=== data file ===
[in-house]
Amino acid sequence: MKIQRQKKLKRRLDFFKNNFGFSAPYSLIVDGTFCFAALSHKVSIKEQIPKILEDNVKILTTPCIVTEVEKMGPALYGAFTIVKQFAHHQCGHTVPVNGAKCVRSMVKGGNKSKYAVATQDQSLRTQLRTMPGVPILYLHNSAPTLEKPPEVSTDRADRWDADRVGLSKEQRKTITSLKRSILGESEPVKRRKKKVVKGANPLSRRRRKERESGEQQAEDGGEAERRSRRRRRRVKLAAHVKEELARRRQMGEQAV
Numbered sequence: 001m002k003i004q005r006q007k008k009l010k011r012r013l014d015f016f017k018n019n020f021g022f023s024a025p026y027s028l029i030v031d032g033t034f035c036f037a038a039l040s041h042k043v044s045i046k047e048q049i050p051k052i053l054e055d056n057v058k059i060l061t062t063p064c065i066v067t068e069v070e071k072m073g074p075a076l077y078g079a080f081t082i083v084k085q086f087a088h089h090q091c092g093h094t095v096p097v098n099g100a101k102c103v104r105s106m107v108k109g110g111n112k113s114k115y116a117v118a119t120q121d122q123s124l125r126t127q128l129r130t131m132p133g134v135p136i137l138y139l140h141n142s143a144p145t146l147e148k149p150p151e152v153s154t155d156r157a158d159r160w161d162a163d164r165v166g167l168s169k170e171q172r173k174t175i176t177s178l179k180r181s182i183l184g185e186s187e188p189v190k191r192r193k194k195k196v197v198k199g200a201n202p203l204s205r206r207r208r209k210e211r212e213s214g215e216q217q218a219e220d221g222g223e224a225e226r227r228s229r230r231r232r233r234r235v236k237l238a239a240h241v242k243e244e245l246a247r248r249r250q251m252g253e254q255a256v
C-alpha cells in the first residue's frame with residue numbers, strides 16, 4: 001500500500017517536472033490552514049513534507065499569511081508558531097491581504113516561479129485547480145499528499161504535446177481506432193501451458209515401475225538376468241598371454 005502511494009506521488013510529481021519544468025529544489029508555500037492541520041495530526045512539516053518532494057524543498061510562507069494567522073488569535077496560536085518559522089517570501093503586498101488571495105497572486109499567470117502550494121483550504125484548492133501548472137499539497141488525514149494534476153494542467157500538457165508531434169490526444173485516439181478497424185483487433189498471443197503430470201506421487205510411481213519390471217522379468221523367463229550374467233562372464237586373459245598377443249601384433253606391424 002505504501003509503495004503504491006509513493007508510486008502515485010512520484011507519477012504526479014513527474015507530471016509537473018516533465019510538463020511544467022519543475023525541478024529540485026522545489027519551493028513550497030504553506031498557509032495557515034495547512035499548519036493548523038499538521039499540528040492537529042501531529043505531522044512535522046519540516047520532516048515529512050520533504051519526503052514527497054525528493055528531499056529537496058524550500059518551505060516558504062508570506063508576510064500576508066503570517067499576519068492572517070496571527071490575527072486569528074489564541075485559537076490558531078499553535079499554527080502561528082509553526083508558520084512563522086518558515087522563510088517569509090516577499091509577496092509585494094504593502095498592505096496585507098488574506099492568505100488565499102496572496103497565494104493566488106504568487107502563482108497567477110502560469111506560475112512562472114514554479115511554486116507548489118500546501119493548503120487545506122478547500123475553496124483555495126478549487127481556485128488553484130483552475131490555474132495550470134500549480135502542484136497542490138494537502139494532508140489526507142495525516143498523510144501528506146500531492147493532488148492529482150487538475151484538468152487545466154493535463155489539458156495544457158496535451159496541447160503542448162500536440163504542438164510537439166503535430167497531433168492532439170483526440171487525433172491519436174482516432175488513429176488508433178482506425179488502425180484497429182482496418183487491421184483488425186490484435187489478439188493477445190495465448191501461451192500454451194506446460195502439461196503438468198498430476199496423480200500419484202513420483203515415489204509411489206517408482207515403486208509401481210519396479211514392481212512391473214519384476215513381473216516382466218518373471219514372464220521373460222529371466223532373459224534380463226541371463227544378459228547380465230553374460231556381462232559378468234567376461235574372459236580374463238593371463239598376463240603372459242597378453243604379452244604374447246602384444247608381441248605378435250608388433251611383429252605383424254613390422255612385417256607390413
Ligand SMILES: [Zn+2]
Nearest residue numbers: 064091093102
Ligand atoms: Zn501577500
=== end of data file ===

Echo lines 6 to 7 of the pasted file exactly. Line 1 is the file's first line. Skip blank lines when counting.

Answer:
Nearest residue numbers: 064091093102
Ligand atoms: Zn501577500